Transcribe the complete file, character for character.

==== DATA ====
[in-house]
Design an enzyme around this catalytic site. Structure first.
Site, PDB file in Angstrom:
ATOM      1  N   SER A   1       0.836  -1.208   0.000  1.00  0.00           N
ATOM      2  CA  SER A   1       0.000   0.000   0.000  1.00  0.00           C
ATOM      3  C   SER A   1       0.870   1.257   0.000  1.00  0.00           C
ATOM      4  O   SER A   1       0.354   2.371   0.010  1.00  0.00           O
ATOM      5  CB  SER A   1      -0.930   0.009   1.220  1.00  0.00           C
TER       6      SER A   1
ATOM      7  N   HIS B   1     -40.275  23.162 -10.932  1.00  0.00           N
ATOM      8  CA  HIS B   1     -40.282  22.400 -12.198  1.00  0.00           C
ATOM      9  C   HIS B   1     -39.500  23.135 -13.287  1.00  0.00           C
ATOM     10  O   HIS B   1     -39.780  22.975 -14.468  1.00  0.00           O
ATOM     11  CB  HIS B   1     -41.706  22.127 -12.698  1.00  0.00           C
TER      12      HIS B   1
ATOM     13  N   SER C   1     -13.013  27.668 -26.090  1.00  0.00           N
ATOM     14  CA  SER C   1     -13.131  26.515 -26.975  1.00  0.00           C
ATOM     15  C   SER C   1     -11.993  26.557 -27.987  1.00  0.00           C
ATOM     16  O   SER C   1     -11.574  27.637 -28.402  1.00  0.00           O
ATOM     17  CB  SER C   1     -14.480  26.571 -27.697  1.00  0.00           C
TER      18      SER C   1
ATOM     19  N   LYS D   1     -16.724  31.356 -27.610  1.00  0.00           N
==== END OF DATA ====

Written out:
[in-house]
Design an enzyme around this catalytic site. Structure first.
Site, PDB file in Angstrom:
ATOM      1  N   SER A   1       0.836  -1.208   0.000  1.00  0.00           N
ATOM      2  CA  SER A   1       0.000   0.000   0.000  1.00  0.00           C
ATOM      3  C   SER A   1       0.870   1.257   0.000  1.00  0.00           C
ATOM      4  O   SER A   1       0.354   2.371   0.010  1.00  0.00           O
ATOM      5  CB  SER A   1      -0.930   0.009   1.220  1.00  0.00           C
TER       6      SER A   1
ATOM      7  N   HIS B   1     -40.275  23.162 -10.932  1.00  0.00           N
ATOM      8  CA  HIS B   1     -40.282  22.400 -12.198  1.00  0.00           C
ATOM      9  C   HIS B   1     -39.500  23.135 -13.287  1.00  0.00           C
ATOM     10  O   HIS B   1     -39.780  22.975 -14.468  1.00  0.00           O
ATOM     11  CB  HIS B   1     -41.706  22.127 -12.698  1.00  0.00           C
TER      12      HIS B   1
ATOM     13  N   SER C   1     -13.013  27.668 -26.090  1.00  0.00           N
ATOM     14  CA  SER C   1     -13.131  26.515 -26.975  1.00  0.00           C
ATOM     15  C   SER C   1     -11.993  26.557 -27.987  1.00  0.00           C
ATOM     16  O   SER C   1     -11.574  27.637 -28.402  1.00  0.00           O
ATOM     17  CB  SER C   1     -14.480  26.571 -27.697  1.00  0.00           C
TER      18      SER C   1
ATOM     19  N   LYS D   1     -16.724  31.356 -27.610  1.00  0.00           N